Dress Code: The little girls dressed in traditional garb but we opted for something warm though once the fire got going we could peel off a layer or two.
They dont usually rent the horse or donkey to go down the crater but you can rent then to go back up the crater. Thank God! I was so tired, it would have taken me forever to come back up.You can rent to horse or donkey for about $4-5 dollars usd. It was so worth it to me.more
Generally speaking getting around Ecuador by bus is easy compared to many other South American countries. Distances are short and buses frequent. Now, when it come to the Quilotoa Loop it's not quite as simple. Getting from Latacunga to Zumbahua is easy enough with frequent buses which take two hours and cost $2. From there to Laguna Quilotoa it's...more
On our way back to where the car was parked we stopped in the nearby crafts cooperative where local people have stalls to sell their handiwork. This is a new initiative and it felt like it too – very pristine and soulless – a bit like a church hall! But I’m sure it will mellow and bring real benefits to the community. When we visited only some of...more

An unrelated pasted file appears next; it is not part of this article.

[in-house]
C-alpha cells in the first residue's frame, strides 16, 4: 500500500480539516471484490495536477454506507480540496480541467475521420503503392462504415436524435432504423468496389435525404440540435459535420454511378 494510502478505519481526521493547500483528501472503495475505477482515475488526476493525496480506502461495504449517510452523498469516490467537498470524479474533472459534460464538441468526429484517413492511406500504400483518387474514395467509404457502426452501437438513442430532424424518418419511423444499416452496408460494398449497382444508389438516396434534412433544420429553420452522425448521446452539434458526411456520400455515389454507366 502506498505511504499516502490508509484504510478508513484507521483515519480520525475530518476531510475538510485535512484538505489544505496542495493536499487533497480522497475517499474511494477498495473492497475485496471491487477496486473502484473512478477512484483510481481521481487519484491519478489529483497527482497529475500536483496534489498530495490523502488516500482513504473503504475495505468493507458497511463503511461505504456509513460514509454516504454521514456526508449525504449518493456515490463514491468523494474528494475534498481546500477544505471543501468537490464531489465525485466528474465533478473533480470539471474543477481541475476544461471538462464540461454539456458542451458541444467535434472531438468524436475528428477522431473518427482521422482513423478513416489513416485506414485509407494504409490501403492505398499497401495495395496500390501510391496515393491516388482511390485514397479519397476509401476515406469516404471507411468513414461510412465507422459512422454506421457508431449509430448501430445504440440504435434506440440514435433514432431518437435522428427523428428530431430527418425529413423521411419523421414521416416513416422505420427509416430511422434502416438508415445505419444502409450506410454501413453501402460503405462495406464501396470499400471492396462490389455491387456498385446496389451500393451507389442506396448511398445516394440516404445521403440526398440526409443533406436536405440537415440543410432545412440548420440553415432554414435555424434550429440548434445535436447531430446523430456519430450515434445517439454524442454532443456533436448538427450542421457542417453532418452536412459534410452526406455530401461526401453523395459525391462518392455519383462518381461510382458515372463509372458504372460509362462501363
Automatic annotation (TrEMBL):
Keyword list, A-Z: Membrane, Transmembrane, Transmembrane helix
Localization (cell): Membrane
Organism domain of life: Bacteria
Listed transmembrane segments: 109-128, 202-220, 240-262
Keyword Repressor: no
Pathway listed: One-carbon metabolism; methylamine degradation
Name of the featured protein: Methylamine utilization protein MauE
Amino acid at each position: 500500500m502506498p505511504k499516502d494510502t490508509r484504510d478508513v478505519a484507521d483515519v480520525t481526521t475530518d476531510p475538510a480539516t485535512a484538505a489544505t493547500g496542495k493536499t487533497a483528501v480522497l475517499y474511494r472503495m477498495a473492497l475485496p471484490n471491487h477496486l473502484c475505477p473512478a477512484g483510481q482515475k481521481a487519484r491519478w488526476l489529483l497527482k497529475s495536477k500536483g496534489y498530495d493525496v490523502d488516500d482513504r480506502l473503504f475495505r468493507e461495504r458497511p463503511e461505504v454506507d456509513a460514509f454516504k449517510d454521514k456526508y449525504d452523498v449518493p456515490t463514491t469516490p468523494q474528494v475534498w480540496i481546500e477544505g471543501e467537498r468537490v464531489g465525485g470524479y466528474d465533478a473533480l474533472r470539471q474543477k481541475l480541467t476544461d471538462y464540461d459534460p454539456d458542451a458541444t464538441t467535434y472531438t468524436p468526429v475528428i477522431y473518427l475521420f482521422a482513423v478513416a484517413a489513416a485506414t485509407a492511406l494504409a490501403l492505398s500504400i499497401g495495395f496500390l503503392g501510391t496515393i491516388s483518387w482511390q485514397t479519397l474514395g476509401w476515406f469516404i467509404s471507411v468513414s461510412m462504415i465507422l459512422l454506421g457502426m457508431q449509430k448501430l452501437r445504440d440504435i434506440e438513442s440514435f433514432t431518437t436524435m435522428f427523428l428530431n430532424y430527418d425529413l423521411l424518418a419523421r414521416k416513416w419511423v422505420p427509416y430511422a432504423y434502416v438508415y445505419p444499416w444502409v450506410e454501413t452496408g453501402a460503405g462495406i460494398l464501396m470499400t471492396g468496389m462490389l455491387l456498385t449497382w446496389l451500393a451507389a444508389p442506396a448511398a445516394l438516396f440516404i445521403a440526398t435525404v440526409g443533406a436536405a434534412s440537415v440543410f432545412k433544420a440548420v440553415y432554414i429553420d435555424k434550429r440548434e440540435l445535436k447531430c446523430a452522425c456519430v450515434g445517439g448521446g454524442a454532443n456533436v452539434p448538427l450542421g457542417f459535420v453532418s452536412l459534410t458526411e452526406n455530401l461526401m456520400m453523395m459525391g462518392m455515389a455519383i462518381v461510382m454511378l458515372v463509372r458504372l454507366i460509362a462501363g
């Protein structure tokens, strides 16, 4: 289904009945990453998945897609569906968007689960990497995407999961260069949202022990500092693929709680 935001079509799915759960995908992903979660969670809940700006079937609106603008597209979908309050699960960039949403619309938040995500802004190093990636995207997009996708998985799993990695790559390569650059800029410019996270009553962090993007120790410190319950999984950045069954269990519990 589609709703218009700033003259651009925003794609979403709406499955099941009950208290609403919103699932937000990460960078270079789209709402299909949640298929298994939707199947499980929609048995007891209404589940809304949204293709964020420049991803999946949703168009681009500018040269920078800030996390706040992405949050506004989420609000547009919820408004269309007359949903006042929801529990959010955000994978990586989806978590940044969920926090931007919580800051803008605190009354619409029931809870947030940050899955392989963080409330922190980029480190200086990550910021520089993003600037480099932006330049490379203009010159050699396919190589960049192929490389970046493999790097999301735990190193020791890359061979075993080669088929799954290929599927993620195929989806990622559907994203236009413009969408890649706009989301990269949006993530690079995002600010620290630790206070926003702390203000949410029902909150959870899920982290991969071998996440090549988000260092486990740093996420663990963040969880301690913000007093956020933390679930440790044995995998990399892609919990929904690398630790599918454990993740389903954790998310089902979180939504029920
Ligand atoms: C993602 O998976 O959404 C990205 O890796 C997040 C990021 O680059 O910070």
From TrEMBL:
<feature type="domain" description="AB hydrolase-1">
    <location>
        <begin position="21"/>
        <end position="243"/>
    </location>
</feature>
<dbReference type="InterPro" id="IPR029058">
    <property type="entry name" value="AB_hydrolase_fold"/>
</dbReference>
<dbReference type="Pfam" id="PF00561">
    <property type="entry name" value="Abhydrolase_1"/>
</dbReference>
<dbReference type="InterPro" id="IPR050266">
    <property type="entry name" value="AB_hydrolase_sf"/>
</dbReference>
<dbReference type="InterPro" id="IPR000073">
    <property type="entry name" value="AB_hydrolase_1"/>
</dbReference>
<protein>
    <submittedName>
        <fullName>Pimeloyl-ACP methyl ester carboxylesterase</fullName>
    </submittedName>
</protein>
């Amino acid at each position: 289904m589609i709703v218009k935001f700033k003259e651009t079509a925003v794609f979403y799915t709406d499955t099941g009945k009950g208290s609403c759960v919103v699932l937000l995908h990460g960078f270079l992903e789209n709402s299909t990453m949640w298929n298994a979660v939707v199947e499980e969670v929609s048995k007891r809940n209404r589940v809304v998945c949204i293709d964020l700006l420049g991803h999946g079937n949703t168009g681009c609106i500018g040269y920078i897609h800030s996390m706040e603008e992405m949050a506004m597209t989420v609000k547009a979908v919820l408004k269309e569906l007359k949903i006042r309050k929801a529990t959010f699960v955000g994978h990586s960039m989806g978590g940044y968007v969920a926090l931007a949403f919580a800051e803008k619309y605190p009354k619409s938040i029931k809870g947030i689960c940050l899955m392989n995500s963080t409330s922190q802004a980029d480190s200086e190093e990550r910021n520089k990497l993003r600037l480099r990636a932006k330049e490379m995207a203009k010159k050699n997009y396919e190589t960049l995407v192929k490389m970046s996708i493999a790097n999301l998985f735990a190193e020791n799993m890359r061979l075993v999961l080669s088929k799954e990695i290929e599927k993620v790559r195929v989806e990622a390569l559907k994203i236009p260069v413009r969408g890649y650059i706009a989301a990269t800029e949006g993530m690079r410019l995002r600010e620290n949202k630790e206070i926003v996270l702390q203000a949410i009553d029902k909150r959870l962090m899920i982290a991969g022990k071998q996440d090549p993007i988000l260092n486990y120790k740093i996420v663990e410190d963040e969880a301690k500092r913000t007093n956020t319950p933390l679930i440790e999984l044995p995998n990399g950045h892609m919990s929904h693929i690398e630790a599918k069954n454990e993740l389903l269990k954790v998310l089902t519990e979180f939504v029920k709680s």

Shopping in Ecuador is a joy especially when you are away from touristy areas. Indigenous vendors enjoy their work and interaction with their customers. It's playful and never taken too seriously. Stands can be incredibly simple, sometimes nothing more than a blanket on the ground. It's a sensory experience too. Colorful to the eye, ear, and nose,...more
1 Reviews and Opinions
A lot of travelers get romantic notions about what should remain the same in cultures not their own. I am certainly guilty of it myself but it's not right to expect indigenous people to live without the creature comforts that we enjoy. Sure, at one time locals traveled solely on foot or perhaps on horseback but times are changing and whether that...more